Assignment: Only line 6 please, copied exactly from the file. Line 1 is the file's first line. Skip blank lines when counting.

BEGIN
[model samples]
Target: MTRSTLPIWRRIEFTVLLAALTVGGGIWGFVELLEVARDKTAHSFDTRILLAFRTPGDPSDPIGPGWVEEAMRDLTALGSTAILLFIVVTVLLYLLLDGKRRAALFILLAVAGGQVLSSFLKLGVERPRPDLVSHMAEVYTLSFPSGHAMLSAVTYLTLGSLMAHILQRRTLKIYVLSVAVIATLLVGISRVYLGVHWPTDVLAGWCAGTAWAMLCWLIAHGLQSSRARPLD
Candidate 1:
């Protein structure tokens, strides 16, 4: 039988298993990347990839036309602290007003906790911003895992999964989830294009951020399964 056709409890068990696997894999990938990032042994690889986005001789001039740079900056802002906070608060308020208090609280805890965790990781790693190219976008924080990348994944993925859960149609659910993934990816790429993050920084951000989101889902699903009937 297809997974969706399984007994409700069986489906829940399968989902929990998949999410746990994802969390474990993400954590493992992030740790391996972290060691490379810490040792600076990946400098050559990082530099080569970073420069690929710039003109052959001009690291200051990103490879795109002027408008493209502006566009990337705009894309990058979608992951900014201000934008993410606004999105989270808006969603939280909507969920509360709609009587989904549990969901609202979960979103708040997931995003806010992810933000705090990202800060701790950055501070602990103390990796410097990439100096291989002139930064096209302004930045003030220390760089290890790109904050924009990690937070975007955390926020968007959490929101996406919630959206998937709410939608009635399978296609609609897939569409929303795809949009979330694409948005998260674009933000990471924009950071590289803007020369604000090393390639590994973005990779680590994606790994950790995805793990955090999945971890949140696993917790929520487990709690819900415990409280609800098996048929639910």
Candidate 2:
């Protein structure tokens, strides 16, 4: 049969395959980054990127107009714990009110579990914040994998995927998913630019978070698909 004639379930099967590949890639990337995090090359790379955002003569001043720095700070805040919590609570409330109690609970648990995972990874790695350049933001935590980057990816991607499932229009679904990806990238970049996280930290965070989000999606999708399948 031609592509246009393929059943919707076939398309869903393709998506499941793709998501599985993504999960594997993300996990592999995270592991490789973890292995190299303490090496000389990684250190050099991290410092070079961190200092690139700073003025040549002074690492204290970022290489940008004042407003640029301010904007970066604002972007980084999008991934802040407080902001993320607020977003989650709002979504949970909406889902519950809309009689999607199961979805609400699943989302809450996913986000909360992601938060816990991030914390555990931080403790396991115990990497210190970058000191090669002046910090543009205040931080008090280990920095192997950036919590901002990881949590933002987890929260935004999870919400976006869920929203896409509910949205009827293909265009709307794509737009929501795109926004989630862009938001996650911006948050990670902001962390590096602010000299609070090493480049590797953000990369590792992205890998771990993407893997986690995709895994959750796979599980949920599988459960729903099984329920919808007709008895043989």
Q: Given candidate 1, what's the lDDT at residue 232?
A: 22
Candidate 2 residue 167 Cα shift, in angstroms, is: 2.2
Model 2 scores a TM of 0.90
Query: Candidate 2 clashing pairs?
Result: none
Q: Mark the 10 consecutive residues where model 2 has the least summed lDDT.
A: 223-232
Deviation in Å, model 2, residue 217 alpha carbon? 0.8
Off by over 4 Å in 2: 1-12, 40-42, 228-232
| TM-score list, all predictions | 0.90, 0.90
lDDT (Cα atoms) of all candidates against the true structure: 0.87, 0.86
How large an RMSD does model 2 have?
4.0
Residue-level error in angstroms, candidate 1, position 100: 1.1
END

């Protein structure tokens, strides 16, 4: 049969395959980054990127107009714990009110579990914040994998995927998913630019978070698909 004639379930099967590949890639990337995090090359790379955002003569001043720095700070805040919590609570409330109690609970648990995972990874790695350049933001935590980057990816991607499932229009679904990806990238970049996280930290965070989000999606999708399948 031609592509246009393929059943919707076939398309869903393709998506499941793709998501599985993504999960594997993300996990592999995270592991490789973890292995190299303490090496000389990684250190050099991290410092070079961190200092690139700073003025040549002074690492204290970022290489940008004042407003640029301010904007970066604002972007980084999008991934802040407080902001993320607020977003989650709002979504949970909406889902519950809309009689999607199961979805609400699943989302809450996913986000909360992601938060816990991030914390555990931080403790396991115990990497210190970058000191090669002046910090543009205040931080008090280990920095192997950036919590901002990881949590933002987890929260935004999870919400976006869920929203896409509910949205009827293909265009709307794509737009929501795109926004989630862009938001996650911006948050990670902001962390590096602010000299609070090493480049590797953000990369590792992205890998771990993407893997986690995709895994959750796979599980949920599988459960729903099984329920919808007709008895043989």